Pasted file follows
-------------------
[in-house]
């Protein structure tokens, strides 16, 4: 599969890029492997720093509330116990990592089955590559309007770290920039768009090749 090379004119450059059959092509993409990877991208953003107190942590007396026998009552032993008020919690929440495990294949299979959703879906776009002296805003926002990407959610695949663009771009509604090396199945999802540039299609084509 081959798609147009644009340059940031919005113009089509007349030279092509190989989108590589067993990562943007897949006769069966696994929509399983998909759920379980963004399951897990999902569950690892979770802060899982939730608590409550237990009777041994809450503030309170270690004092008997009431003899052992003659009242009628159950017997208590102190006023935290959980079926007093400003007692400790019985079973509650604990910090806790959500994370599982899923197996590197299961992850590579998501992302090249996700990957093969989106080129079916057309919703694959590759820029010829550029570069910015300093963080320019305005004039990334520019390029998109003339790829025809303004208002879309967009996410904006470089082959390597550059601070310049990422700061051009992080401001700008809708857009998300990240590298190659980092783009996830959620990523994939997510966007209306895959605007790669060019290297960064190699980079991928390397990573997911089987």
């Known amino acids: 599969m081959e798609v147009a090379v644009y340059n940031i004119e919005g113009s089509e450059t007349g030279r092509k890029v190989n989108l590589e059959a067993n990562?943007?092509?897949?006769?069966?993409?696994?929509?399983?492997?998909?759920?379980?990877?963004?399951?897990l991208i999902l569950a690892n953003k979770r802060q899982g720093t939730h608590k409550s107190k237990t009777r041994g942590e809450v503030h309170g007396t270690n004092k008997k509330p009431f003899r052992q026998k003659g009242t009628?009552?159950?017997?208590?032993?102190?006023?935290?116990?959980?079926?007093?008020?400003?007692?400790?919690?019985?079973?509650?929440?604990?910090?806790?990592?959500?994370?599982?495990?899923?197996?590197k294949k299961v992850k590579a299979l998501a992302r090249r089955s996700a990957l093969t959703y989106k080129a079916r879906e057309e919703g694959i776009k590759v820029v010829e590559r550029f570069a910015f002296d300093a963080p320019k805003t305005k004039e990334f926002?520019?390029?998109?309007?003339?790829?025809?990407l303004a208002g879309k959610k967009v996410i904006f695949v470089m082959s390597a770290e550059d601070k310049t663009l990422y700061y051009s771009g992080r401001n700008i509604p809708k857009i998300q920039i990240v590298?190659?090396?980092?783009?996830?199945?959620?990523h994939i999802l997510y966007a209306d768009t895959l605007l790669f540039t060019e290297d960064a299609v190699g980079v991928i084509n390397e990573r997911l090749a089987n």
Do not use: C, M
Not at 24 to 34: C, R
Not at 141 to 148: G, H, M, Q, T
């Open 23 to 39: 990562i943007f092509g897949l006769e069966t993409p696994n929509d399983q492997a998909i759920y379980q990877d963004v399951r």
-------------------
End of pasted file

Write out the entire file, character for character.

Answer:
[in-house]
């Protein structure tokens, strides 16, 4: 599969890029492997720093509330116990990592089955590559309007770290920039768009090749 090379004119450059059959092509993409990877991208953003107190942590007396026998009552032993008020919690929440495990294949299979959703879906776009002296805003926002990407959610695949663009771009509604090396199945999802540039299609084509 081959798609147009644009340059940031919005113009089509007349030279092509190989989108590589067993990562943007897949006769069966696994929509399983998909759920379980963004399951897990999902569950690892979770802060899982939730608590409550237990009777041994809450503030309170270690004092008997009431003899052992003659009242009628159950017997208590102190006023935290959980079926007093400003007692400790019985079973509650604990910090806790959500994370599982899923197996590197299961992850590579998501992302090249996700990957093969989106080129079916057309919703694959590759820029010829550029570069910015300093963080320019305005004039990334520019390029998109003339790829025809303004208002879309967009996410904006470089082959390597550059601070310049990422700061051009992080401001700008809708857009998300990240590298190659980092783009996830959620990523994939997510966007209306895959605007790669060019290297960064190699980079991928390397990573997911089987």
């Known amino acids: 599969m081959e798609v147009a090379v644009y340059n940031i004119e919005g113009s089509e450059t007349g030279r092509k890029v190989n989108l590589e059959a067993n990562?943007?092509?897949?006769?069966?993409?696994?929509?399983?492997?998909?759920?379980?990877?963004?399951?897990l991208i999902l569950a690892n953003k979770r802060q899982g720093t939730h608590k409550s107190k237990t009777r041994g942590e809450v503030h309170g007396t270690n004092k008997k509330p009431f003899r052992q026998k003659g009242t009628?009552?159950?017997?208590?032993?102190?006023?935290?116990?959980?079926?007093?008020?400003?007692?400790?919690?019985?079973?509650?929440?604990?910090?806790?990592?959500?994370?599982?495990?899923?197996?590197k294949k299961v992850k590579a299979l998501a992302r090249r089955s996700a990957l093969t959703y989106k080129a079916r879906e057309e919703g694959i776009k590759v820029v010829e590559r550029f570069a910015f002296d300093a963080p320019k805003t305005k004039e990334f926002?520019?390029?998109?309007?003339?790829?025809?990407l303004a208002g879309k959610k967009v996410i904006f695949v470089m082959s390597a770290e550059d601070k310049t663009l990422y700061y051009s771009g992080r401001n700008i509604p809708k857009i998300q920039i990240v590298?190659?090396?980092?783009?996830?199945?959620?990523h994939i999802l997510y966007a209306d768009t895959l605007l790669f540039t060019e290297d960064a299609v190699g980079v991928i084509n390397e990573r997911l090749a089987n």
Do not use: C, M
Not at 24 to 34: C, R
Not at 141 to 148: G, H, M, Q, T
């Open 23 to 39: 990562i943007f092509g897949l006769e069966t993409p696994n929509d399983q492997a998909i759920y379980q990877d963004v399951r």